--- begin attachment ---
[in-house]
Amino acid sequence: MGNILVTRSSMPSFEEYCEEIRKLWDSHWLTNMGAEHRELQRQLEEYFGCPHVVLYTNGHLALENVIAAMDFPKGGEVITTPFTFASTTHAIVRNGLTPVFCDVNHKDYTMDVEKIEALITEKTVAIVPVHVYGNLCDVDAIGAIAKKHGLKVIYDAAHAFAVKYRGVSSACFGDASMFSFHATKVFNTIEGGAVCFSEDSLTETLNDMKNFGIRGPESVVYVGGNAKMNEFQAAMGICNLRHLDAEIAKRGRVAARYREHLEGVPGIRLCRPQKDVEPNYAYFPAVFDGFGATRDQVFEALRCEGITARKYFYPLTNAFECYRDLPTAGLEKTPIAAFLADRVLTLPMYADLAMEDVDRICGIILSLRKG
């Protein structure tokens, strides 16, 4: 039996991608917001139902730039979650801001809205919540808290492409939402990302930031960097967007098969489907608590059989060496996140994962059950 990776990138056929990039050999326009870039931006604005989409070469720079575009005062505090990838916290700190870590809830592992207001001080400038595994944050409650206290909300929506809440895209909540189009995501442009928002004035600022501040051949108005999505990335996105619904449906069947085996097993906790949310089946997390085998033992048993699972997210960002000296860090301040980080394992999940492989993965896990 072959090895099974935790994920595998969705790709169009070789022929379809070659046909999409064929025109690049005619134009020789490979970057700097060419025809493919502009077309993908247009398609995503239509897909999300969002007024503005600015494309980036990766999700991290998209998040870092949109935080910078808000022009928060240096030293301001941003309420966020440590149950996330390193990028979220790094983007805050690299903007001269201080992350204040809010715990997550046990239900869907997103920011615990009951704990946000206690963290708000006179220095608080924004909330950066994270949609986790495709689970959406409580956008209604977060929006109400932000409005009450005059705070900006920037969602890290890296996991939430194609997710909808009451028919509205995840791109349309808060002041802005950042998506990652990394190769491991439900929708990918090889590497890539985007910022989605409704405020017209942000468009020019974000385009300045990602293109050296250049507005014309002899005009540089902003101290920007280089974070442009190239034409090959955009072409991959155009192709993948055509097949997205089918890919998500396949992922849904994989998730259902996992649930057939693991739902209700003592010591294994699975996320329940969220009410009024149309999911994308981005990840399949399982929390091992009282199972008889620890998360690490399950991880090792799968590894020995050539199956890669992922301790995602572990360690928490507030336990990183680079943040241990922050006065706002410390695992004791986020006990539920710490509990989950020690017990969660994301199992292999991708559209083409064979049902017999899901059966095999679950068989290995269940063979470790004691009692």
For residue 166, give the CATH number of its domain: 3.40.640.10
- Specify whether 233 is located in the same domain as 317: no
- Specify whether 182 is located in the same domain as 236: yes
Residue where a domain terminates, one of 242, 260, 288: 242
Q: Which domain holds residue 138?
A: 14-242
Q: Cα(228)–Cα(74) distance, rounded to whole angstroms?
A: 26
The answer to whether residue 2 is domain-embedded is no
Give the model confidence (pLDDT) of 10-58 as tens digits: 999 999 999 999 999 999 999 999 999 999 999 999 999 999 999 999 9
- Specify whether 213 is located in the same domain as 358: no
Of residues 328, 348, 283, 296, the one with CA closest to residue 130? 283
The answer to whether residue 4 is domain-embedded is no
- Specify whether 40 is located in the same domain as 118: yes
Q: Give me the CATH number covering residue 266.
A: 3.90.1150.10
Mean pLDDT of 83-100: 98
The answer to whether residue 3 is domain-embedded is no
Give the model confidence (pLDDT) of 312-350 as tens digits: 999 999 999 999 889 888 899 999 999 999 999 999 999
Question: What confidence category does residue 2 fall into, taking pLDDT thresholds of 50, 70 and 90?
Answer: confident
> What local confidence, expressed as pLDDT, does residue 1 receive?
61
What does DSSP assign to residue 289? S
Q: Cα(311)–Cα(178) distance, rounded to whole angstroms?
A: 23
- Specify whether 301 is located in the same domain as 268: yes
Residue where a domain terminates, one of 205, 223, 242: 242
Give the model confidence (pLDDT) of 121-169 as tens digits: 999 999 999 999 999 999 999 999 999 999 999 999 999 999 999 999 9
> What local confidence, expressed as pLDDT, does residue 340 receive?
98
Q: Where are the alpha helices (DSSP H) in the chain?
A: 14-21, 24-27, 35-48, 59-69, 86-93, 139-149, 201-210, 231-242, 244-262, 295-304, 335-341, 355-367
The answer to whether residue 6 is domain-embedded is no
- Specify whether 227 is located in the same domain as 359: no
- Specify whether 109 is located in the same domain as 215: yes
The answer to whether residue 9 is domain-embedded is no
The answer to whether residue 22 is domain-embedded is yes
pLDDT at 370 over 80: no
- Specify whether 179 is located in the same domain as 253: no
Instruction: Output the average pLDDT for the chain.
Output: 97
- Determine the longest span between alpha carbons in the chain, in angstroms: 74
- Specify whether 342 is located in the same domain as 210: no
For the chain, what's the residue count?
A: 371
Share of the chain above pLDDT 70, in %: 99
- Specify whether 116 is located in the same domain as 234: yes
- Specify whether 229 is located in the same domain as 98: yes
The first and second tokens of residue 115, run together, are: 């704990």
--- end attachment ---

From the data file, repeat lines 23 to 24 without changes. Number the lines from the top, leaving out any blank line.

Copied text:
Question: What confidence category does residue 2 fall into, taking pLDDT thresholds of 50, 70 and 90?
Answer: confident